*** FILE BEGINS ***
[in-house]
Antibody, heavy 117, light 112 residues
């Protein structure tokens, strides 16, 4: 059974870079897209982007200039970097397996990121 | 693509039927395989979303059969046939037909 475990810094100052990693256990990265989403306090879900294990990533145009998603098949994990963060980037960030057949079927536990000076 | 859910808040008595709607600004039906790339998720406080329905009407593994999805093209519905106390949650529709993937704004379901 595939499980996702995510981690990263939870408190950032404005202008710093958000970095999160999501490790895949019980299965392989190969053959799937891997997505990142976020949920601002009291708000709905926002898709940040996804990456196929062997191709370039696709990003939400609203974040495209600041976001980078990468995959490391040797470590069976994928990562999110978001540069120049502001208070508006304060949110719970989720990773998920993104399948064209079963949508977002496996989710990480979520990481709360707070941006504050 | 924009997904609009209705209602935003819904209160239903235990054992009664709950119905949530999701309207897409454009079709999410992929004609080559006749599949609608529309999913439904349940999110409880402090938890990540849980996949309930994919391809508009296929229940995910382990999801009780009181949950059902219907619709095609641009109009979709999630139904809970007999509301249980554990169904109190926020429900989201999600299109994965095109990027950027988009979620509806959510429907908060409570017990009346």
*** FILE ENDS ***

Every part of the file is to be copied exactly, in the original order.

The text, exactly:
[in-house]
Antibody, heavy 117, light 112 residues
């Protein structure tokens, strides 16, 4: 059974870079897209982007200039970097397996990121 | 693509039927395989979303059969046939037909 475990810094100052990693256990990265989403306090879900294990990533145009998603098949994990963060980037960030057949079927536990000076 | 859910808040008595709607600004039906790339998720406080329905009407593994999805093209519905106390949650529709993937704004379901 595939499980996702995510981690990263939870408190950032404005202008710093958000970095999160999501490790895949019980299965392989190969053959799937891997997505990142976020949920601002009291708000709905926002898709940040996804990456196929062997191709370039696709990003939400609203974040495209600041976001980078990468995959490391040797470590069976994928990562999110978001540069120049502001208070508006304060949110719970989720990773998920993104399948064209079963949508977002496996989710990480979520990481709360707070941006504050 | 924009997904609009209705209602935003819904209160239903235990054992009664709950119905949530999701309207897409454009079709999410992929004609080559006749599949609608529309999913439904349940999110409880402090938890990540849980996949309930994919391809508009296929229940995910382990999801009780009181949950059902219907619709095609641009109009979709999630139904809970007999509301249980554990169904109190926020429900989201999600299109994965095109990027950027988009979620509806959510429907908060409570017990009346």